Grange Hill: The original kids’ TV soap – and still the best

You remember... The Grange Hill title sequence.

You remember… The Grange Hill title sequence.

Cast your mind back: You’ve just trudged home from school. Mum says your tea won’t be ready ‘til half past five so you nick a Wagon Wheel, pour yourself a glass of Alpine pop and slump down on the settee in front of the telly.

You hear the jaunty music and suddenly a sausage skewered with a fork flies across the cartoon strip on the screen.

It’s Grange Hill and children’s television will never be the same again.

Thirty five years ago this month Phil Redmond’s ground-breaking soap set inside a ‘typical’ comprehensive first aired.

It went on to run for 31 series over three decades before its final episode was screened on September 15, 2008.

Grange Hill came into its own in the early to mid-Eighties powered by characters whose names are synonymous with my childhood and anyone of a certain age.

Characters such as Ronnie Birtles; Roland Browning; Ziggy Greaves; and Danny Kendall.

Back then if you weren’t out playing football or reading the latest issue of Look-In there were no game consoles, no mobile telephones and no internet to distract us.

This was even before the advent of Channels 4 and Five and so the attention of impressionable teenagers after half past three of afternoon was very much focused on ITV or BBC.

Cartoons fought for ratings with straight-laced shows like Blue Peter and John Craven’s Newsround.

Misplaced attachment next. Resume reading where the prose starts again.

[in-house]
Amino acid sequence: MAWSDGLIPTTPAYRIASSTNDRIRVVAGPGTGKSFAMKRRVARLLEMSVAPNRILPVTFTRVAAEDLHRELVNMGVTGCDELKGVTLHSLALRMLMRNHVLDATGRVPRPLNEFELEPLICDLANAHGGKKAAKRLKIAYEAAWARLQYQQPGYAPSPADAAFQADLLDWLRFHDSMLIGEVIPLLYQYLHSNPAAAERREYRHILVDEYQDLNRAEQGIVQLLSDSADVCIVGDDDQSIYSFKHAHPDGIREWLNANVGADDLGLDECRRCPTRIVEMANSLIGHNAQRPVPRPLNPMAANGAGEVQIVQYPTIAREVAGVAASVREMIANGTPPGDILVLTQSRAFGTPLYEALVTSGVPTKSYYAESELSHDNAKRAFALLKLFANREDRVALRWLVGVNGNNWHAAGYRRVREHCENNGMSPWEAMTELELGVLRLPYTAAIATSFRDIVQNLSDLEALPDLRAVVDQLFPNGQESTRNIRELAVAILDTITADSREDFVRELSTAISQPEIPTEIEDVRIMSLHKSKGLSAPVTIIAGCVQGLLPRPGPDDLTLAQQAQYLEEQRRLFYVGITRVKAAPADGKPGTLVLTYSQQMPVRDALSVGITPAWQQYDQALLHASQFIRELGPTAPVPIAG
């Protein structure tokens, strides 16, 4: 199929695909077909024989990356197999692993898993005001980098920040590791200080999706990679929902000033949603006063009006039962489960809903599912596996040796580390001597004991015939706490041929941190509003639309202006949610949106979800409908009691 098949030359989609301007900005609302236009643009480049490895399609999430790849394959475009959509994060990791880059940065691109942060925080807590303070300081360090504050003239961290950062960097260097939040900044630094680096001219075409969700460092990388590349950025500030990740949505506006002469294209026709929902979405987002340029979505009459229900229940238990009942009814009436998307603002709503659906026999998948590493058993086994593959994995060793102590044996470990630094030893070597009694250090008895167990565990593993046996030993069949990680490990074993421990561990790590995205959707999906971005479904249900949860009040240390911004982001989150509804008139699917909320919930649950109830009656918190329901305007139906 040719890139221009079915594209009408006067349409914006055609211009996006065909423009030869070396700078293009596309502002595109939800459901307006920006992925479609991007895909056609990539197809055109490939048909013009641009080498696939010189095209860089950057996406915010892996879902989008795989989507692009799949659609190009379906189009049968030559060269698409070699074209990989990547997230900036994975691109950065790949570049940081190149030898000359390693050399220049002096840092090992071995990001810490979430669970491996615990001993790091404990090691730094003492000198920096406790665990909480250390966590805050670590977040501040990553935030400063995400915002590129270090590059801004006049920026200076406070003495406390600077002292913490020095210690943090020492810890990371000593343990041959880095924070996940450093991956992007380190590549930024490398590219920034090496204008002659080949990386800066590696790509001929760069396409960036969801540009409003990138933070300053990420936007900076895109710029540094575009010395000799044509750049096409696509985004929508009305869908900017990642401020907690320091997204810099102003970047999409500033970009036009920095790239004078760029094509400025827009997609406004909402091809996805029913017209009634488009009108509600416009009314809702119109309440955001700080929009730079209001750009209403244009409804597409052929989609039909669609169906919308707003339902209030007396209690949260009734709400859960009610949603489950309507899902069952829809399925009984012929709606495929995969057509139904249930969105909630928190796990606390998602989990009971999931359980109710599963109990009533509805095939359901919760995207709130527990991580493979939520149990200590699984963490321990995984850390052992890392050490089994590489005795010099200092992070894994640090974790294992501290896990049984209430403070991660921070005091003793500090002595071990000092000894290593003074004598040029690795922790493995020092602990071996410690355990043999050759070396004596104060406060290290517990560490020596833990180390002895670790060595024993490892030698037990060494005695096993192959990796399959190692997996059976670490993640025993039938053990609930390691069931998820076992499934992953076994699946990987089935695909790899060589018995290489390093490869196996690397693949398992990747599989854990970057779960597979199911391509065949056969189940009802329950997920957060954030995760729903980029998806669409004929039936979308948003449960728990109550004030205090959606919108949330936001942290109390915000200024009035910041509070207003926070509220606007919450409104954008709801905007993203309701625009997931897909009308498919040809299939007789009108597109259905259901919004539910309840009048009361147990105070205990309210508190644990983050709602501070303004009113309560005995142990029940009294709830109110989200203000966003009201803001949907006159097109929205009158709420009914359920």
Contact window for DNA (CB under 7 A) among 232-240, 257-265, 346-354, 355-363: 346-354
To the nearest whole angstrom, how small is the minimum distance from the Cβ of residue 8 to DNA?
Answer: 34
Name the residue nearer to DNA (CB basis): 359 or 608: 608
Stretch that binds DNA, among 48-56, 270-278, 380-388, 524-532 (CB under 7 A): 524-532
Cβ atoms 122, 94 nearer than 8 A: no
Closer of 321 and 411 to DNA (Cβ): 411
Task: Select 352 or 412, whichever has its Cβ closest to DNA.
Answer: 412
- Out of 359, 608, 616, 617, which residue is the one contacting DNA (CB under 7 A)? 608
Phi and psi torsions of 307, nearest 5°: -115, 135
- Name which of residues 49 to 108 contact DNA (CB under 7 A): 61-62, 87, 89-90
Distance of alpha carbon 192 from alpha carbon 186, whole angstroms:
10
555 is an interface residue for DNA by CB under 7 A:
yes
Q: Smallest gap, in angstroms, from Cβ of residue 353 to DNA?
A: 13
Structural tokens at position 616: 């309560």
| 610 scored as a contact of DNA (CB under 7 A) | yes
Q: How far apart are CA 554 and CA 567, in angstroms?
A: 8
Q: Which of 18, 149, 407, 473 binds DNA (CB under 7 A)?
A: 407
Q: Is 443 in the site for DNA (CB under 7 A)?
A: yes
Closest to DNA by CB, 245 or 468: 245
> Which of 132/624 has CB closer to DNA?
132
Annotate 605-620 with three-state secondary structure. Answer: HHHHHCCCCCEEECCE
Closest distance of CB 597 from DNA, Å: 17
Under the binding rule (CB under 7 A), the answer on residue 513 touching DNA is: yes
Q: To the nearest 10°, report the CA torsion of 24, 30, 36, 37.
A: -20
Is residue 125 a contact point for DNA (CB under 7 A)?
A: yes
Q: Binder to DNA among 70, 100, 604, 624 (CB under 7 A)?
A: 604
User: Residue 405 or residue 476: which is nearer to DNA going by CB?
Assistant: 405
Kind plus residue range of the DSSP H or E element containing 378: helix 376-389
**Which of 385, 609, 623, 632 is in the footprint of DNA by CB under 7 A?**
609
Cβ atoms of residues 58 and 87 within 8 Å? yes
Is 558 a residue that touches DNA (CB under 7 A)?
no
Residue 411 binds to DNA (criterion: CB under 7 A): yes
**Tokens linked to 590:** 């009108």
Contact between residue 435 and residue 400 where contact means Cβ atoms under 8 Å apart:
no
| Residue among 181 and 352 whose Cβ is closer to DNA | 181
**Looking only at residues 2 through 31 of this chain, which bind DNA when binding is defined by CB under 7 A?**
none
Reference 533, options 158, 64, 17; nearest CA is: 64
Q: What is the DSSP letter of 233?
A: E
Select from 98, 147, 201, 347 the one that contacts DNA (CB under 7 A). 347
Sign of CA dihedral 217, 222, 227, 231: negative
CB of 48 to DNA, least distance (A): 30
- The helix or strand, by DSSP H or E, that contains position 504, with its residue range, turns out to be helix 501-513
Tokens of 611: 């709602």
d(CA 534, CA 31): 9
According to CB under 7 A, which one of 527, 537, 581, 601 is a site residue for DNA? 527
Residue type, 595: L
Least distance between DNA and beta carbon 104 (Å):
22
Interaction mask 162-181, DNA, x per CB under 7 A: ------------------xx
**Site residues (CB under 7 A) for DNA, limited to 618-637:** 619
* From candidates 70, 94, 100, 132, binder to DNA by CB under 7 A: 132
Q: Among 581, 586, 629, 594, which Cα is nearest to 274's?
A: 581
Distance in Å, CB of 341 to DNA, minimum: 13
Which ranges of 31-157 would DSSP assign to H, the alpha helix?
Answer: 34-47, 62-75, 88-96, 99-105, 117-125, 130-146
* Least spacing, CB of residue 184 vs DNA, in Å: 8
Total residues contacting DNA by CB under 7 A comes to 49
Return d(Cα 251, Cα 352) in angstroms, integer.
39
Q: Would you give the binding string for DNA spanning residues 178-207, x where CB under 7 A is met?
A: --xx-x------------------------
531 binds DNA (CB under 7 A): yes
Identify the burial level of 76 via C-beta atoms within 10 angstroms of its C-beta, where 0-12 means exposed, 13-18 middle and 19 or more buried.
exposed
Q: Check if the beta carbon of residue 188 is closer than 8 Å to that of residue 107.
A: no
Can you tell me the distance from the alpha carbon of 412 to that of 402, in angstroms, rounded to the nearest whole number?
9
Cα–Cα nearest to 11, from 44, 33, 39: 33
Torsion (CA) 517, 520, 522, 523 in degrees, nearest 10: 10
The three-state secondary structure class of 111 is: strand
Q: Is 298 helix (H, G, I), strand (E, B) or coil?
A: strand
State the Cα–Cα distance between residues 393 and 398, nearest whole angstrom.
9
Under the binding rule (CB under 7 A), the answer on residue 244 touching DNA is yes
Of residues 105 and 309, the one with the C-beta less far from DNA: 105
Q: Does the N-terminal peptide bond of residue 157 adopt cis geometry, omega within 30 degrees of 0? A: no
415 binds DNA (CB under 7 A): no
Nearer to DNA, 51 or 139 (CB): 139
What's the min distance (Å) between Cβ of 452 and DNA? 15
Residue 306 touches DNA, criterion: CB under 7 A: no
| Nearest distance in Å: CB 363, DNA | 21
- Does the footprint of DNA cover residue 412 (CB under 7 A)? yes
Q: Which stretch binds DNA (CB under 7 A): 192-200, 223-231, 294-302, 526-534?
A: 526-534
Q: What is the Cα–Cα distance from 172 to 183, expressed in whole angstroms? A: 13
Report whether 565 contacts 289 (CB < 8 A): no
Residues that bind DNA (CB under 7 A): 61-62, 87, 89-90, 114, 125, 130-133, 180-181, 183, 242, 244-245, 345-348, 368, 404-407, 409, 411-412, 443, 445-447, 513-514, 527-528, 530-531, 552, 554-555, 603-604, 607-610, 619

Then Grange Hill arrived and everything changed.

Here was a show for kids in which kids who were (sort of) like our classmates were the stars.

Spotty oiks like us who (naming no names) endured debilitating crushes on members of the opposite sex, bunked off school, hated homework (and the cross country course) and got into trouble for wearing trainers, swearing, fighting, smoking and having dubious magazines in our rucksacks.

Crossroads and Corrie were for grown-ups but Grange Hill was for us because we understood it: We knew exactly what the stars were going through. We could identify with strict, long-suffering headmistress Mrs McClusky and fierce, wig-wearing fascist Mr Bronson.

Every school, including Holden Lane High where yours truly was scraping by, had its Gripper Stebson-type bully who we all hoped we wouldn’t bump into in the toilets or on the stairwell.

Every school had its likeable Tucker Jenkins-style rogue who all the girls quite fancied and the boys wanted to emulate but didn’t dare (and didn’t have the jacket either).

Every year group had its annoying Pogo Patterson figure – constantly coming up with hare-brained money-making ideas (scams) which invariably failed but kept him busy for five years.

Every class had its Jackie Wright, THAT girl who was Premier League to all us fourth division lads but who somehow ended up dating a total loser who we could all have happily hit with a shovel.

Not that I had anything against Zammo Maguire. In fact, he was my favourite character until the whole post-heroin addiction Just Say No record debacle.
That’s another reason Grange Hill was so exciting, of course.

As well as dealing with the usual teenage angst, first loves, raging hormones and exam-related woes, its storylines were often edgy and controversial.

People died. Kids got bullied. Teachers had dubious relationships with pupils. Drugs were a very real problem.

These were issues which TV executives and even magazines editors had shied away from tackling but which the producers of Grange Hill faced head-on.

Over the last 30 years or so there have been many imitators such as Byker Grove and Tracey Beaker which have attempted to distil what it is that makes teenagers tick.

But Grange Hill was a pioneering thing of its time to which all such shows owe a debt.
The original and still the best.’

Pick up a copy of The Weekend Sentinel every Saturday for 12 pages of nostalgia.

Eighties children’s telly stands the test of the time


Being the father of two small children you can’t help but become something of an aficionado with regard to children’s television.